Newt kicked him under the table. “We’ll find out about letterboxes later, after we’re safely home. I’m sure that if we search online, we’ll be able to find out more about them with out having to ask that lying pirate Hollerin’ Holly.
“Read that last bit again, Newt,” Dusty said, “not the bit about the pirates, but the other part. It sounded a little strange, but I can’t quite put my finger on why.
“Always trust your physician, after all, an apple a day gets the doctor away!” Newt read, obediently.
“Trust your physician,” Harold laughed. “I think she means the Doctor.”
“Well, I trust the Doctor,” Newt retorted, “and I didn’t need her to tell me that.”
“An apple a day…what exactly does that say Newt?” said Dusty.
She checked the paper again. “An apple a day gets the doctor away.” She recited, then looked up at Harold. “Are you sure you got that bit right? I thought it was ‘an apple a day keeps the doctor away.’”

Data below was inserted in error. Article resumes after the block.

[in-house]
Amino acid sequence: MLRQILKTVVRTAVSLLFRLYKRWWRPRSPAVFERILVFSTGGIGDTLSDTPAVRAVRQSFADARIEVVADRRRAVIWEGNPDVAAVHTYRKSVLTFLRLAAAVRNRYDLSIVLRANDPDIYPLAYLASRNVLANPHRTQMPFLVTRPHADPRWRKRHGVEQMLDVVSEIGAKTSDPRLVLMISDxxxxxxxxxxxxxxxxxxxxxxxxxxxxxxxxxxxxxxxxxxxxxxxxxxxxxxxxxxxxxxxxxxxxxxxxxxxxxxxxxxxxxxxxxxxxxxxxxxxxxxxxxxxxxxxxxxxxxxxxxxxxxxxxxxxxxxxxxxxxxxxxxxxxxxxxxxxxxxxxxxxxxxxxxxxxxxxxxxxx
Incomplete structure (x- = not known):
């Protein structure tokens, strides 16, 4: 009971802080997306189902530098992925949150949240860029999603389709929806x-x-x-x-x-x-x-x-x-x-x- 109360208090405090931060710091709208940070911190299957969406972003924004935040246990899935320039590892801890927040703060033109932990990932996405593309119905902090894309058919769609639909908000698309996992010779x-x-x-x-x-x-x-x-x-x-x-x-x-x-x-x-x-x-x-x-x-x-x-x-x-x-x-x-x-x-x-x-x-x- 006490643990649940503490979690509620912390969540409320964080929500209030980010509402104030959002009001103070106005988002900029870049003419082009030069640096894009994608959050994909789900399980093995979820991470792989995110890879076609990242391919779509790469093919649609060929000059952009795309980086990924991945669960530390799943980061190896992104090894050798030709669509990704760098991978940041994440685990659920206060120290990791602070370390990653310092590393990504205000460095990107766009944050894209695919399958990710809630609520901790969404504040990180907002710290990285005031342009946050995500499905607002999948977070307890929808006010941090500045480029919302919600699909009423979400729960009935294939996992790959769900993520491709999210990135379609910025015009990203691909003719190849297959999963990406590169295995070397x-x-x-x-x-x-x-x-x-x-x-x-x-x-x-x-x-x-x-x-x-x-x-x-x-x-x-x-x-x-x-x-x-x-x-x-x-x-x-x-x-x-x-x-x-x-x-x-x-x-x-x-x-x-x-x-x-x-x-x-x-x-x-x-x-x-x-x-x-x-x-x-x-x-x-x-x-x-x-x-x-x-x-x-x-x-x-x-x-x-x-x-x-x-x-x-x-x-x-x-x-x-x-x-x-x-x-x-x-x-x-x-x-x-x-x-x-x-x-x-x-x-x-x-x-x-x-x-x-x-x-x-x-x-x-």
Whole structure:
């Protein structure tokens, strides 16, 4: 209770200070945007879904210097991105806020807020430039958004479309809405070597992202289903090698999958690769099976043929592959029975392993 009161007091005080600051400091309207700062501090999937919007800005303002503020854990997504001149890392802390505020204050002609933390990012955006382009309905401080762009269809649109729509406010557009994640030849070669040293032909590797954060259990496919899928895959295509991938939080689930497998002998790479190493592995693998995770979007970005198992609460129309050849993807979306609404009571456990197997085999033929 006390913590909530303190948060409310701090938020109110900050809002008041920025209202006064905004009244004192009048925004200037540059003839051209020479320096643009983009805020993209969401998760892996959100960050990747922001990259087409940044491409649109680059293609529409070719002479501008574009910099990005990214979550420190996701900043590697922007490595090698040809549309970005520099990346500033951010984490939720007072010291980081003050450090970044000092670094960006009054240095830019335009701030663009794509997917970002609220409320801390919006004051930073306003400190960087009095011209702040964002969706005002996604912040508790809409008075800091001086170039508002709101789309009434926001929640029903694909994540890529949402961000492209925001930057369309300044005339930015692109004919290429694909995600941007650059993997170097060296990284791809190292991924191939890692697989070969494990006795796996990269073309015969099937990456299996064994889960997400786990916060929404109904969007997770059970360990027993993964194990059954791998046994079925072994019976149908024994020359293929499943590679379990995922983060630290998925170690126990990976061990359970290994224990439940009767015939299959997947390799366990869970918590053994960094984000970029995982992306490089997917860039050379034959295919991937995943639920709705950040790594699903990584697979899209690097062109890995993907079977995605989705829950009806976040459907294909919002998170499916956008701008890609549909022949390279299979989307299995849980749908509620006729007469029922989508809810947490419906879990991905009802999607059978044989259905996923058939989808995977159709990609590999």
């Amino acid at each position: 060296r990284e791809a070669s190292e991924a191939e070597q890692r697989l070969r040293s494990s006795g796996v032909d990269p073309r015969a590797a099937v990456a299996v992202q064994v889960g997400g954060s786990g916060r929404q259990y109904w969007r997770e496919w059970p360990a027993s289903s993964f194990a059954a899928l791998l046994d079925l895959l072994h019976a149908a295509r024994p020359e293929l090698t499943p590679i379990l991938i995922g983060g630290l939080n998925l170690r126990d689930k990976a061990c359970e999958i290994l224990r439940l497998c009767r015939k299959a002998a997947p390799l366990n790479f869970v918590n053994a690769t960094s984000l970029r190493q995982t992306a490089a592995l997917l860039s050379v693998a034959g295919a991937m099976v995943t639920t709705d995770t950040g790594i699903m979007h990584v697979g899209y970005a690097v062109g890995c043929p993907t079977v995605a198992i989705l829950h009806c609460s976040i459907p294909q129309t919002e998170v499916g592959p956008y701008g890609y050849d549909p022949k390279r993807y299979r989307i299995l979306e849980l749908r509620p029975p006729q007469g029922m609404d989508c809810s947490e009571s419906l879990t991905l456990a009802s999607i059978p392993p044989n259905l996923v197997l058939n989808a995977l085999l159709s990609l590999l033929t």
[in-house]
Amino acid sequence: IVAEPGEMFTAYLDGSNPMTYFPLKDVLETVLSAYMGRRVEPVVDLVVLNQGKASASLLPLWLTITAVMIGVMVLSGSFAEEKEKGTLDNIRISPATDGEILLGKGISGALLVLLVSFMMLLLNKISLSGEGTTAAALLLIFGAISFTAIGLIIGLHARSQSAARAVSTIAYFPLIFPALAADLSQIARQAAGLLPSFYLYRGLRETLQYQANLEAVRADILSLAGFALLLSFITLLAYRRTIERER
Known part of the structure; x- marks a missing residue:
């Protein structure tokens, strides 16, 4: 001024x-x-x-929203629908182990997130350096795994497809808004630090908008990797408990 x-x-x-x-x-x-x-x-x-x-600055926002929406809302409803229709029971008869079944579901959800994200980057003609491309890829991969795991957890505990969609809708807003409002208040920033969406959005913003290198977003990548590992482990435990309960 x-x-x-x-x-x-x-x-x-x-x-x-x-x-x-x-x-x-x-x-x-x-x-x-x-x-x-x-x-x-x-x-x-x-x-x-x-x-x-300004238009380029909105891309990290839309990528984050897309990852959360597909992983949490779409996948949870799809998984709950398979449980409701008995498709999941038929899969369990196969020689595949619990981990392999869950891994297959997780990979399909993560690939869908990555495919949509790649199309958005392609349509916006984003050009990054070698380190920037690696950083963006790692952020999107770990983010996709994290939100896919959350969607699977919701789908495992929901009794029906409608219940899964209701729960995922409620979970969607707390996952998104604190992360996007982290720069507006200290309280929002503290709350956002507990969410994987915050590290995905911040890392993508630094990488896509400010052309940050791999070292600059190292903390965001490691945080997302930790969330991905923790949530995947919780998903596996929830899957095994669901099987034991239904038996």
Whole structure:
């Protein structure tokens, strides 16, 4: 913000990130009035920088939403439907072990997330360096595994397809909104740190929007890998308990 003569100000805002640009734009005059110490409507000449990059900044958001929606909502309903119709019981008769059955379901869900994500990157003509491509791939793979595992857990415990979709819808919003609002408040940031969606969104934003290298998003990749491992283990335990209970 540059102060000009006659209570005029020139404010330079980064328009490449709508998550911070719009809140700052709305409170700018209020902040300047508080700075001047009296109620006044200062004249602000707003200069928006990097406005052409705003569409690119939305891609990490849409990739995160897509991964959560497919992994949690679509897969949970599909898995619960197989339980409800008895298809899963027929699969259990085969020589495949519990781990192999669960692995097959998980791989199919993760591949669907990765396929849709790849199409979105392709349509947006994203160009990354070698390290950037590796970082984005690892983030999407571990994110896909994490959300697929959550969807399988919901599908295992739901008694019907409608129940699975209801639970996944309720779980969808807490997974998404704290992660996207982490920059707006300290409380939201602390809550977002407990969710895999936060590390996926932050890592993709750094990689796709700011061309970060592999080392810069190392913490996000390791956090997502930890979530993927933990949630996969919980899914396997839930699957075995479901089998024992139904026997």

“Not the doctor,” Dusty said, suddenly, “the Doctor!” and he pointed excitedly at the tall man seated at the table with them. “An apple a day GETS the Doctor away. She was telling us how to fix the TARDIS,” Then he sat down again, a frown on his face. “Never mind, that suggestion was a real piece of rubbish. How could an apple fix a machine?”
The Doctor sat bolt upright, his eyes going very wide. “Dusty, I think you’ve the right of it. I’ve been looking at the hardware, but there is a set of programming instructions filed in the apple file, for restarting the TARDIS if everything should go strange at once. If I follow the codes and directives in the apple file, I would bet it would put the old TARDIS to rights again, and then we could leave.”
The Doctor’s eyes were gleaming as they got up from the table and hurried outside to return to their meadow.
“Thank you!” the Doctor shouted, his face tipped upward, as though he were talking to the trees.
Newt thought she may have imagined it, but it seemed to her that a sudden breeze rippled through the distant canopy of leaves, almost as though the forest laughed and giggled an acknowledgement to the Doctor’s voluble thanks.